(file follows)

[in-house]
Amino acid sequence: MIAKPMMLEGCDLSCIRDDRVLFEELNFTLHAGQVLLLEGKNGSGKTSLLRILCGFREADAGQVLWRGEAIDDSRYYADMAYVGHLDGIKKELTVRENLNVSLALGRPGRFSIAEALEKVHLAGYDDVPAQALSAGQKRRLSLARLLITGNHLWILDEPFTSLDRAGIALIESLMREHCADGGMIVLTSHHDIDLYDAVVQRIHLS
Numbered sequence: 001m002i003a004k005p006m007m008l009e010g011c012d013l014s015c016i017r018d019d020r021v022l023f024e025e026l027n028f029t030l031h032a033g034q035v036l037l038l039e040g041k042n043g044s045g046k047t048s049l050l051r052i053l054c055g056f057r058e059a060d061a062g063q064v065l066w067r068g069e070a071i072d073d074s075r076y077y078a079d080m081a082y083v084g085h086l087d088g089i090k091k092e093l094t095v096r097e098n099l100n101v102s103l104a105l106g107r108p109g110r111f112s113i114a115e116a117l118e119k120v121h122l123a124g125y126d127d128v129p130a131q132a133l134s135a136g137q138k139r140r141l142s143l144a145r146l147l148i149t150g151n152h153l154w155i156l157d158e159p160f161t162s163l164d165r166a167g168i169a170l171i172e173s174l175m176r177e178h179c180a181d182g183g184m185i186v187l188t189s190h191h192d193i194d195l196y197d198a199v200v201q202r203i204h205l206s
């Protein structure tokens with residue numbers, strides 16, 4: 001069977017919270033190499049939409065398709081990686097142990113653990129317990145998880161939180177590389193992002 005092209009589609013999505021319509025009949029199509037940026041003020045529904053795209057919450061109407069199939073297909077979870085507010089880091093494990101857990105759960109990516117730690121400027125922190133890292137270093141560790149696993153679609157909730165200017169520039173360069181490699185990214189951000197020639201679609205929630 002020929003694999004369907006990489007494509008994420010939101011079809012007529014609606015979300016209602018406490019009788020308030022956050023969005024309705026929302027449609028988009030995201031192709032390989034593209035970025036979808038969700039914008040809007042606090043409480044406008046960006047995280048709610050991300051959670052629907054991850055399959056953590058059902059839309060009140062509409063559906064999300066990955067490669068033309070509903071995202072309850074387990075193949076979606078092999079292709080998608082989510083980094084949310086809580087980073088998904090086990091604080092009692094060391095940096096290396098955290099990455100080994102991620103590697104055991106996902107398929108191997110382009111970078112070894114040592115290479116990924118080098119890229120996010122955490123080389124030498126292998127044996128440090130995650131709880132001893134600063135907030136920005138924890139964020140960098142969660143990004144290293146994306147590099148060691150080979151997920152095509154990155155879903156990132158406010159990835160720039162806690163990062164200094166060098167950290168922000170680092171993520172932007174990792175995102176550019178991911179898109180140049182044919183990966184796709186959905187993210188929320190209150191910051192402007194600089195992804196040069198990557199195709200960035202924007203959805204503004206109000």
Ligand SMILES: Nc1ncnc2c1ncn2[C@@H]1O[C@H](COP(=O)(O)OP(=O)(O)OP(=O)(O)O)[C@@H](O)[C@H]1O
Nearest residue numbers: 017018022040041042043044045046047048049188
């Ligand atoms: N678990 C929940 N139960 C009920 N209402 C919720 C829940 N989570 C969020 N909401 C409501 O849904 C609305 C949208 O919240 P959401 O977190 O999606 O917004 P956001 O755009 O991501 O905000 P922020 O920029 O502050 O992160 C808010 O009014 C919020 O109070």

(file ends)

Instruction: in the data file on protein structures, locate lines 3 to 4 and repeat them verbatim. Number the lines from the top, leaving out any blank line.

Numbered sequence: 001m002i003a004k005p006m007m008l009e010g011c012d013l014s015c016i017r018d019d020r021v022l023f024e025e026l027n028f029t030l031h032a033g034q035v036l037l038l039e040g041k042n043g044s045g046k047t048s049l050l051r052i053l054c055g056f057r058e059a060d061a062g063q064v065l066w067r068g069e070a071i072d073d074s075r076y077y078a079d080m081a082y083v084g085h086l087d088g089i090k091k092e093l094t095v096r097e098n099l100n101v102s103l104a105l106g107r108p109g110r111f112s113i114a115e116a117l118e119k120v121h122l123a124g125y126d127d128v129p130a131q132a133l134s135a136g137q138k139r140r141l142s143l144a145r146l147l148i149t150g151n152h153l154w155i156l157d158e159p160f161t162s163l164d165r166a167g168i169a170l171i172e173s174l175m176r177e178h179c180a181d182g183g184m185i186v187l188t189s190h191h192d193i194d195l196y197d198a199v200v201q202r203i204h205l206s
């Protein structure tokens with residue numbers, strides 16, 4: 001069977017919270033190499049939409065398709081990686097142990113653990129317990145998880161939180177590389193992002 005092209009589609013999505021319509025009949029199509037940026041003020045529904053795209057919450061109407069199939073297909077979870085507010089880091093494990101857990105759960109990516117730690121400027125922190133890292137270093141560790149696993153679609157909730165200017169520039173360069181490699185990214189951000197020639201679609205929630 002020929003694999004369907006990489007494509008994420010939101011079809012007529014609606015979300016209602018406490019009788020308030022956050023969005024309705026929302027449609028988009030995201031192709032390989034593209035970025036979808038969700039914008040809007042606090043409480044406008046960006047995280048709610050991300051959670052629907054991850055399959056953590058059902059839309060009140062509409063559906064999300066990955067490669068033309070509903071995202072309850074387990075193949076979606078092999079292709080998608082989510083980094084949310086809580087980073088998904090086990091604080092009692094060391095940096096290396098955290099990455100080994102991620103590697104055991106996902107398929108191997110382009111970078112070894114040592115290479116990924118080098119890229120996010122955490123080389124030498126292998127044996128440090130995650131709880132001893134600063135907030136920005138924890139964020140960098142969660143990004144290293146994306147590099148060691150080979151997920152095509154990155155879903156990132158406010159990835160720039162806690163990062164200094166060098167950290168922000170680092171993520172932007174990792175995102176550019178991911179898109180140049182044919183990966184796709186959905187993210188929320190209150191910051192402007194600089195992804196040069198990557199195709200960035202924007203959805204503004206109000």